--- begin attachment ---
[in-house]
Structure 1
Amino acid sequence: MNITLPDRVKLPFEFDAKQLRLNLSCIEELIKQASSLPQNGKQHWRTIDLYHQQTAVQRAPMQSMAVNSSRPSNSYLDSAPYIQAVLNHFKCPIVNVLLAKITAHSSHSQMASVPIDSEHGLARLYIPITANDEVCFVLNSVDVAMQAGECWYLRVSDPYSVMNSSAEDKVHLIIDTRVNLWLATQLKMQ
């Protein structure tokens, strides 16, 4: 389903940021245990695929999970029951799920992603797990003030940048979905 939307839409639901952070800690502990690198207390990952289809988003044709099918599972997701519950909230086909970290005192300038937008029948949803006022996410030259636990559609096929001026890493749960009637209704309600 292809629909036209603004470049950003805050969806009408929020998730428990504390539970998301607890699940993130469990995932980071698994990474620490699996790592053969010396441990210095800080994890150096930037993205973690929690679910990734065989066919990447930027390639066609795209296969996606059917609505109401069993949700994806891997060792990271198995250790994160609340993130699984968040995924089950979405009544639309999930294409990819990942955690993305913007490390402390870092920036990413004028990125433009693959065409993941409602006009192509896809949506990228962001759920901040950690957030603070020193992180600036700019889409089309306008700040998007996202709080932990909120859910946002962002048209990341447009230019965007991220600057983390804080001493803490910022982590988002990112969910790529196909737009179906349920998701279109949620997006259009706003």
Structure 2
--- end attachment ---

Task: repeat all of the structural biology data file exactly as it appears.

[in-house]
Structure 1
Amino acid sequence: MNITLPDRVKLPFEFDAKQLRLNLSCIEELIKQASSLPQNGKQHWRTIDLYHQQTAVQRAPMQSMAVNSSRPSNSYLDSAPYIQAVLNHFKCPIVNVLLAKITAHSSHSQMASVPIDSEHGLARLYIPITANDEVCFVLNSVDVAMQAGECWYLRVSDPYSVMNSSAEDKVHLIIDTRVNLWLATQLKMQ
């Protein structure tokens, strides 16, 4: 389903940021245990695929999970029951799920992603797990003030940048979905 939307839409639901952070800690502990690198207390990952289809988003044709099918599972997701519950909230086909970290005192300038937008029948949803006022996410030259636990559609096929001026890493749960009637209704309600 292809629909036209603004470049950003805050969806009408929020998730428990504390539970998301607890699940993130469990995932980071698994990474620490699996790592053969010396441990210095800080994890150096930037993205973690929690679910990734065989066919990447930027390639066609795209296969996606059917609505109401069993949700994806891997060792990271198995250790994160609340993130699984968040995924089950979405009544639309999930294409990819990942955690993305913007490390402390870092920036990413004028990125433009693959065409993941409602006009192509896809949506990228962001759920901040950690957030603070020193992180600036700019889409089309306008700040998007996202709080932990909120859910946002962002048209990341447009230019965007991220600057983390804080001493803490910022982590988002990112969910790529196909737009179906349920998701279109949620997006259009706003």
Structure 2